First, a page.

Secretary of State John F. Kerry speaks to reporters during a meeting of the U.S.-led coalition against the Islamic State in Rome on Tuesday, Feb. 2, 2016. (EPA/Angelo Carconi

There may be no more globally divisive question over the past few years than whether the Islamic State is representative of the world's global Muslim population. Speaking in Rome on Tuesday, U.S. Secretary of State John F. Kerry waded into this controversial debate yet again – and took a remarkably strong position for a Western leader.

“Daesh is in fact nothing more than a mixture of killers, of kidnappers, of criminals, of thugs, of adventurers, of smugglers and thieves,” Kerry said. “And they are also above all apostates, people who have hijacked a great religion and lie about its real meaning and lie about its purpose and deceive people in order to fight for their purposes.”

The use of the word "apostates" – a term to describe someone who renounces or abandons their religion – has raised eyebrows among observers. The description has been commonly used by extremist groups: The Islamic State has justified its attacks on Muslims with rhetoric that suggests these Muslims were apostates, which it views as a crime punishable by death.

On Twitter, Nasser Weddady, a popular online activist who grew up in Syria, mocked Kerry for his comment. Wedaddy and others also jokingly suggested that Kerry was a "takfiri," a word used to describe a Sunni Muslim who accuses others of apostasy.

This appears to be at least the second time Kerry has publicly used the word to describe the Islamic State. While talking about the group at a conference in Washington in December, Kerry described the group as a "a mixture of killers and kidnappers, smugglers, thieves, and apostates who have hijacked a religion and combined a medieval thinking with modern weapons to wage an especially savage brand of war.”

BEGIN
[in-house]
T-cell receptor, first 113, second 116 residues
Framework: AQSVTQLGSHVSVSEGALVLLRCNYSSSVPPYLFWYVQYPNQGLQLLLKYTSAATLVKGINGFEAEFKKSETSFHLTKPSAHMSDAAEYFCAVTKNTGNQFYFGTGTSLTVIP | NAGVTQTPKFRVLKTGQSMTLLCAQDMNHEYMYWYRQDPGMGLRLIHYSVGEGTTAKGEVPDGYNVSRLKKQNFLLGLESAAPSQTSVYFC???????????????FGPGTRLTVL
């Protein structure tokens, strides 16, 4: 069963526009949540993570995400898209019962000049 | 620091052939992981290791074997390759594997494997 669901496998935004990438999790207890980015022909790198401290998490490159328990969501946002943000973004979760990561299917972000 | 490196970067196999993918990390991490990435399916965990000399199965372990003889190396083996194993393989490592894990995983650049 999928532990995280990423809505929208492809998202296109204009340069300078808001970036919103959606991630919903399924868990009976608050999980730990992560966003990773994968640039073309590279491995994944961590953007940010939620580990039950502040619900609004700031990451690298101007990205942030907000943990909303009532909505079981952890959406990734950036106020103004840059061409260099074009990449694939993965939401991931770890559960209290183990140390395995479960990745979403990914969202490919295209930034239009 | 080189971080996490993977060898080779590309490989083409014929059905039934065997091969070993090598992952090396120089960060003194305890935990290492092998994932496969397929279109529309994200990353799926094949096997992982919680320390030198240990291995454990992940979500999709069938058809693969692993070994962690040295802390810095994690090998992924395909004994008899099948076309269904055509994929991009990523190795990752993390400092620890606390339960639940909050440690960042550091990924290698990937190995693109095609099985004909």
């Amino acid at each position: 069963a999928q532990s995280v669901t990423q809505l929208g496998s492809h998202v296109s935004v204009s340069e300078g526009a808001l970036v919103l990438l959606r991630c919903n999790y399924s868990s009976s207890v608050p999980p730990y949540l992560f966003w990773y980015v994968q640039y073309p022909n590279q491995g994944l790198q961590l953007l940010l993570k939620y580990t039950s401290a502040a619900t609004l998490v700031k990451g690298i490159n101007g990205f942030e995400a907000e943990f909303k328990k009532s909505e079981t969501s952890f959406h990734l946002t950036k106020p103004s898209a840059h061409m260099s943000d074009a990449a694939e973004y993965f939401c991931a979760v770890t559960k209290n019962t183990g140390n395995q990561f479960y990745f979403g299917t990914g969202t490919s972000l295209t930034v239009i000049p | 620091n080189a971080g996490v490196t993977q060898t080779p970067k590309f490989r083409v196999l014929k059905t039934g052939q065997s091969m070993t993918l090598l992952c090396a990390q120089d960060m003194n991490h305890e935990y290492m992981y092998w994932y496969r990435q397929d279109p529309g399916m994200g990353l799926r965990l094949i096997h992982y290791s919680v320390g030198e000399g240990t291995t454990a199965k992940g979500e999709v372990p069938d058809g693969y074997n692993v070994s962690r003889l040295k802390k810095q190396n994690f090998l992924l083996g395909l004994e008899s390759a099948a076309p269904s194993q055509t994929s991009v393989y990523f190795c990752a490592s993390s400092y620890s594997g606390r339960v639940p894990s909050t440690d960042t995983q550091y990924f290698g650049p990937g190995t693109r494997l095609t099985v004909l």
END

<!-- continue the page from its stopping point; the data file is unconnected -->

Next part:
Back then, Shadi Hamid, a senior fellow at the Brookings Institution and expert in Islamist movements, explained why he felt Kerry's use of the word was problematic.

Few would argue with Kerry's intentions here. He clearly seems to be attempting to distance the Islamic State from mainstream Muslims, a reasonable and perhaps even honorable reaction to the more inflammatory comments by some of his peers.

In fact, the use of the term apostate is just Kerry's latest bid to create that rhetorical distance. The secretary of state has been a prominent Western user of the word Daesh, an Arabic acronym widely used to refer to the Islamic State in the Middle East. Supporters of the use of that word say it creates a clearer boundary between the "Islamic State" and the broader Islamic community. (Another factor in its use may be reports that the Islamic State itself hates the word due to its similarity to another Arabic word meaning to trample or crush.)

Kerry isn't the only Western leader attempting this line of attack: Obama has openly said that the Islamic State is "not Islamic," while British Prime Minister David Cameron has voiced his support for the viral "You ain't no Muslim, bruv" catchphrase. The theological line of thinking from non-Muslims seems to leave a bad taste in some mouths, however. Hamid and his Brookings colleague Will McCants have written that there's "something odd about an American president or Secretary of State opining on what is and isn’t legitimately Islamic."

Some world leaders seem to concur: In a recent interview with my colleague Ishaan Tharoor, Australian Prime Minister Malcolm Turnbull suggested that no one would take his views on Islamic theology ("assuming I had any") very seriously as he was the leader of a "Western secular nation."

It's unclear why Kerry has felt the need to ratchet up his rhetoric recently. It's not like the world is wanting for examples of Muslim leaders and figures condemning the Islamic State as un-Islamic – it's been a recurring and widespread criticism of the group for years now. However, important religious bodies such as the al-Azhar Mosque in Cairo have stopped short of labeling the group apostates – perhaps aware of the weight the word carries. Presumably, the secretary of state doesn't actually think apostasy is a crime, which makes the choice of words even more confusing.

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